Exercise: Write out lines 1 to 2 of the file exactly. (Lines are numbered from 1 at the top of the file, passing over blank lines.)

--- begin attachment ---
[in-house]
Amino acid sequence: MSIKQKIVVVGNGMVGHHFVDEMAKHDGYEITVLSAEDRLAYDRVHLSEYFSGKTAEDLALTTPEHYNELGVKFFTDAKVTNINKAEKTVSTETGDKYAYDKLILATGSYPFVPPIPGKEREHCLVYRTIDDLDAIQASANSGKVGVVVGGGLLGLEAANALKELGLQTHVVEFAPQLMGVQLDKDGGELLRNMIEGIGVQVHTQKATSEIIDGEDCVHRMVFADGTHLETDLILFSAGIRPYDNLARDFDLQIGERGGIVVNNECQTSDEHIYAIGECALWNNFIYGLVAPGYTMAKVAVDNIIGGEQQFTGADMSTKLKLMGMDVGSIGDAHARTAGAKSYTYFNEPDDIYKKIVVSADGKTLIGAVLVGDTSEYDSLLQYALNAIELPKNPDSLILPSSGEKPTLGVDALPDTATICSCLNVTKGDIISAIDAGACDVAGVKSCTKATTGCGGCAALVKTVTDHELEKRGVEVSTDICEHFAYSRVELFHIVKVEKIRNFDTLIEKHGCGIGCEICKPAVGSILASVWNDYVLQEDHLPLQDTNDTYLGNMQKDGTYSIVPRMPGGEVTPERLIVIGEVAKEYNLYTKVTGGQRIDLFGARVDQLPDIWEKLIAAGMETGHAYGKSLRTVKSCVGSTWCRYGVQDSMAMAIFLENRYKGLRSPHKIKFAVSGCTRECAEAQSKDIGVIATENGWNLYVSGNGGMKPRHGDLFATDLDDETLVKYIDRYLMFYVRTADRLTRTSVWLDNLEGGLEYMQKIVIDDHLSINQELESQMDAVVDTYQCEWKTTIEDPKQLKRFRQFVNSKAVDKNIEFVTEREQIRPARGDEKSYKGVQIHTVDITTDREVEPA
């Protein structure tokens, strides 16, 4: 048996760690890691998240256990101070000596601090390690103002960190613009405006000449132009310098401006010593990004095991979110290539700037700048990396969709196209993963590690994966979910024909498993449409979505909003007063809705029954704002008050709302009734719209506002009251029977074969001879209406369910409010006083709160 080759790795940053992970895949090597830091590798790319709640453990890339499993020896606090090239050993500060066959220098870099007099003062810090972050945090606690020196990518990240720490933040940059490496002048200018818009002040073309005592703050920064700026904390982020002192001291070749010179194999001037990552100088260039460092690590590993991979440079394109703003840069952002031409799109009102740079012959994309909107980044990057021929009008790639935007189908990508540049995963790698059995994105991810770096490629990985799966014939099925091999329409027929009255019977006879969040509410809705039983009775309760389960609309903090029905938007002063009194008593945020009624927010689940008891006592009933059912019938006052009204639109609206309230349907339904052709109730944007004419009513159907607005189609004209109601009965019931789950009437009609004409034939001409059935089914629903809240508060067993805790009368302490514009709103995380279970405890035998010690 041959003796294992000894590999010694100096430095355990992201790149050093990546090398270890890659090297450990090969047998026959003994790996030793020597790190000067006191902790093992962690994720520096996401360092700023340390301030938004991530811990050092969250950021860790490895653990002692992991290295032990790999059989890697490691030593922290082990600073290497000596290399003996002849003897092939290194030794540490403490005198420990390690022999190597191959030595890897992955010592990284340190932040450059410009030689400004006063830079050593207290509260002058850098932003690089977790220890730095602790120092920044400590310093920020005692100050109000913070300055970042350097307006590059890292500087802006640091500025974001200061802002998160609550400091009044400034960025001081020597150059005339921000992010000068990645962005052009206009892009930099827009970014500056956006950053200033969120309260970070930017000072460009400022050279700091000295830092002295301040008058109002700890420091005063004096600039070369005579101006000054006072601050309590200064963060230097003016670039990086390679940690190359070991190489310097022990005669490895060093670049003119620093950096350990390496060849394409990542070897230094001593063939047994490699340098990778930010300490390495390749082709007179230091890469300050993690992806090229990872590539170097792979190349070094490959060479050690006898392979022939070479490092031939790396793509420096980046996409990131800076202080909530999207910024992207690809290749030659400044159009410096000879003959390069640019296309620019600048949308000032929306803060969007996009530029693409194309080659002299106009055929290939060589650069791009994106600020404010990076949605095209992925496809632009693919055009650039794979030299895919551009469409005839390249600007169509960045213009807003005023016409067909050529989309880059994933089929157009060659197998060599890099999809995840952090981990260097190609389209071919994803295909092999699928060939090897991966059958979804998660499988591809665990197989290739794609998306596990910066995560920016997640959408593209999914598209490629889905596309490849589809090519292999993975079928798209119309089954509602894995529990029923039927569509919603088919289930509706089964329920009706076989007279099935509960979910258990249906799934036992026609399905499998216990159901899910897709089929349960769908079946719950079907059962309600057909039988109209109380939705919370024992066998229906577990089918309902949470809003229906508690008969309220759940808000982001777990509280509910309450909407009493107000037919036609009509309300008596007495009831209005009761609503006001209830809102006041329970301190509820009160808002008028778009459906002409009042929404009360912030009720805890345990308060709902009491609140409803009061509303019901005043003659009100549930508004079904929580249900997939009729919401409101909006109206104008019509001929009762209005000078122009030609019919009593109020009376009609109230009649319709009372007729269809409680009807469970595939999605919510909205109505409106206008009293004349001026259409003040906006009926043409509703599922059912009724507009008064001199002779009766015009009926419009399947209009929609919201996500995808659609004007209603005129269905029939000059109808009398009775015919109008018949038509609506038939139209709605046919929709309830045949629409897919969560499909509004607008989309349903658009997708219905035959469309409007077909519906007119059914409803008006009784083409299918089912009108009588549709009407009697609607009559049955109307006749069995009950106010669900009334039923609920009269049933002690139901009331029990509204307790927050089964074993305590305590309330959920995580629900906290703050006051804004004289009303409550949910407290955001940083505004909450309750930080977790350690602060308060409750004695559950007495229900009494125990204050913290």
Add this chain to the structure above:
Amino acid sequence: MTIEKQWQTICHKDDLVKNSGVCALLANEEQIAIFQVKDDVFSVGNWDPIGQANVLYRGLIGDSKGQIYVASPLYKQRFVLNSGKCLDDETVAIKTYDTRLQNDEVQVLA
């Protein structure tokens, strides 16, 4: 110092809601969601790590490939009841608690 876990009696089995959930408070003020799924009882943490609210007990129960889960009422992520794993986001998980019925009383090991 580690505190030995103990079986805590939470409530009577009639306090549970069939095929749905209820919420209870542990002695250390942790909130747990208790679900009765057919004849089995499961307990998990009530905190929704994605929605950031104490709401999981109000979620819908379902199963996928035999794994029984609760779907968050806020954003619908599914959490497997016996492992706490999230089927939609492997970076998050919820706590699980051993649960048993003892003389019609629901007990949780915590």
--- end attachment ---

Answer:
[in-house]
Amino acid sequence: MSIKQKIVVVGNGMVGHHFVDEMAKHDGYEITVLSAEDRLAYDRVHLSEYFSGKTAEDLALTTPEHYNELGVKFFTDAKVTNINKAEKTVSTETGDKYAYDKLILATGSYPFVPPIPGKEREHCLVYRTIDDLDAIQASANSGKVGVVVGGGLLGLEAANALKELGLQTHVVEFAPQLMGVQLDKDGGELLRNMIEGIGVQVHTQKATSEIIDGEDCVHRMVFADGTHLETDLILFSAGIRPYDNLARDFDLQIGERGGIVVNNECQTSDEHIYAIGECALWNNFIYGLVAPGYTMAKVAVDNIIGGEQQFTGADMSTKLKLMGMDVGSIGDAHARTAGAKSYTYFNEPDDIYKKIVVSADGKTLIGAVLVGDTSEYDSLLQYALNAIELPKNPDSLILPSSGEKPTLGVDALPDTATICSCLNVTKGDIISAIDAGACDVAGVKSCTKATTGCGGCAALVKTVTDHELEKRGVEVSTDICEHFAYSRVELFHIVKVEKIRNFDTLIEKHGCGIGCEICKPAVGSILASVWNDYVLQEDHLPLQDTNDTYLGNMQKDGTYSIVPRMPGGEVTPERLIVIGEVAKEYNLYTKVTGGQRIDLFGARVDQLPDIWEKLIAAGMETGHAYGKSLRTVKSCVGSTWCRYGVQDSMAMAIFLENRYKGLRSPHKIKFAVSGCTRECAEAQSKDIGVIATENGWNLYVSGNGGMKPRHGDLFATDLDDETLVKYIDRYLMFYVRTADRLTRTSVWLDNLEGGLEYMQKIVIDDHLSINQELESQMDAVVDTYQCEWKTTIEDPKQLKRFRQFVNSKAVDKNIEFVTEREQIRPARGDEKSYKGVQIHTVDITTDREVEPA